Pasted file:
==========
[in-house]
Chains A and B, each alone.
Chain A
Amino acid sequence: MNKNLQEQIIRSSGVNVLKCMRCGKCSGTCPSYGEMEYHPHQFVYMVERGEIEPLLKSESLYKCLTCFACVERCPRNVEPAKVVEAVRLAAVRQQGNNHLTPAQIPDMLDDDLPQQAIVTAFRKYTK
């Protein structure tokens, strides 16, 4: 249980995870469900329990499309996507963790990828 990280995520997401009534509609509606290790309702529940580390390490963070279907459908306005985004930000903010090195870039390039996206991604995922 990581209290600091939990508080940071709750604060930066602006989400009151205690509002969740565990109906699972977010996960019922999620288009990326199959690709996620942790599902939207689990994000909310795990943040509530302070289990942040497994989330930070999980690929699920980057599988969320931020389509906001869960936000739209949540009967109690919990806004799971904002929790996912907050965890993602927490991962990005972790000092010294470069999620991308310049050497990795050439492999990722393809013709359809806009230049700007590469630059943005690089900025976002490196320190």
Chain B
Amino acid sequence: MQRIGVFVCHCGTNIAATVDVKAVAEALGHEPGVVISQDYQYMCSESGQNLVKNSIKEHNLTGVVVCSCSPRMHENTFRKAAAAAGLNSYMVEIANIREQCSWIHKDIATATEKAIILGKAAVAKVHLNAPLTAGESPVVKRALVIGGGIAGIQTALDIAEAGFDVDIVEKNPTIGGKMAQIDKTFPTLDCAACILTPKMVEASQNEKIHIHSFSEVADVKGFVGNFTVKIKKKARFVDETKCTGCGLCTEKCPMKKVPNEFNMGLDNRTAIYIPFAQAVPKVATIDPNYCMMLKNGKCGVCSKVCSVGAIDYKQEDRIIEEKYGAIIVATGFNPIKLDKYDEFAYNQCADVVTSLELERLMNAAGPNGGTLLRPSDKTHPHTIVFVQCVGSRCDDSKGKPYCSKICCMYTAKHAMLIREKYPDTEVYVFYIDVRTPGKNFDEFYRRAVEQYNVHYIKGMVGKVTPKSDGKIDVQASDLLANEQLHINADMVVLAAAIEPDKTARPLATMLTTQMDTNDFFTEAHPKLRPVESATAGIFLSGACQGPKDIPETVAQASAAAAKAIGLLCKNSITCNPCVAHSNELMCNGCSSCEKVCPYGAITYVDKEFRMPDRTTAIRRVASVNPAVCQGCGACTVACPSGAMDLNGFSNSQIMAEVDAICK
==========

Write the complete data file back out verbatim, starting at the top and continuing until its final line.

[in-house]
Chains A and B, each alone.
Chain A
Amino acid sequence: MNKNLQEQIIRSSGVNVLKCMRCGKCSGTCPSYGEMEYHPHQFVYMVERGEIEPLLKSESLYKCLTCFACVERCPRNVEPAKVVEAVRLAAVRQQGNNHLTPAQIPDMLDDDLPQQAIVTAFRKYTK
């Protein structure tokens, strides 16, 4: 249980995870469900329990499309996507963790990828 990280995520997401009534509609509606290790309702529940580390390490963070279907459908306005985004930000903010090195870039390039996206991604995922 990581209290600091939990508080940071709750604060930066602006989400009151205690509002969740565990109906699972977010996960019922999620288009990326199959690709996620942790599902939207689990994000909310795990943040509530302070289990942040497994989330930070999980690929699920980057599988969320931020389509906001869960936000739209949540009967109690919990806004799971904002929790996912907050965890993602927490991962990005972790000092010294470069999620991308310049050497990795050439492999990722393809013709359809806009230049700007590469630059943005690089900025976002490196320190």
Chain B
Amino acid sequence: MQRIGVFVCHCGTNIAATVDVKAVAEALGHEPGVVISQDYQYMCSESGQNLVKNSIKEHNLTGVVVCSCSPRMHENTFRKAAAAAGLNSYMVEIANIREQCSWIHKDIATATEKAIILGKAAVAKVHLNAPLTAGESPVVKRALVIGGGIAGIQTALDIAEAGFDVDIVEKNPTIGGKMAQIDKTFPTLDCAACILTPKMVEASQNEKIHIHSFSEVADVKGFVGNFTVKIKKKARFVDETKCTGCGLCTEKCPMKKVPNEFNMGLDNRTAIYIPFAQAVPKVATIDPNYCMMLKNGKCGVCSKVCSVGAIDYKQEDRIIEEKYGAIIVATGFNPIKLDKYDEFAYNQCADVVTSLELERLMNAAGPNGGTLLRPSDKTHPHTIVFVQCVGSRCDDSKGKPYCSKICCMYTAKHAMLIREKYPDTEVYVFYIDVRTPGKNFDEFYRRAVEQYNVHYIKGMVGKVTPKSDGKIDVQASDLLANEQLHINADMVVLAAAIEPDKTARPLATMLTTQMDTNDFFTEAHPKLRPVESATAGIFLSGACQGPKDIPETVAQASAAAAKAIGLLCKNSITCNPCVAHSNELMCNGCSSCEKVCPYGAITYVDKEFRMPDRTTAIRRVASVNPAVCQGCGACTVACPSGAMDLNGFSNSQIMAEVDAICK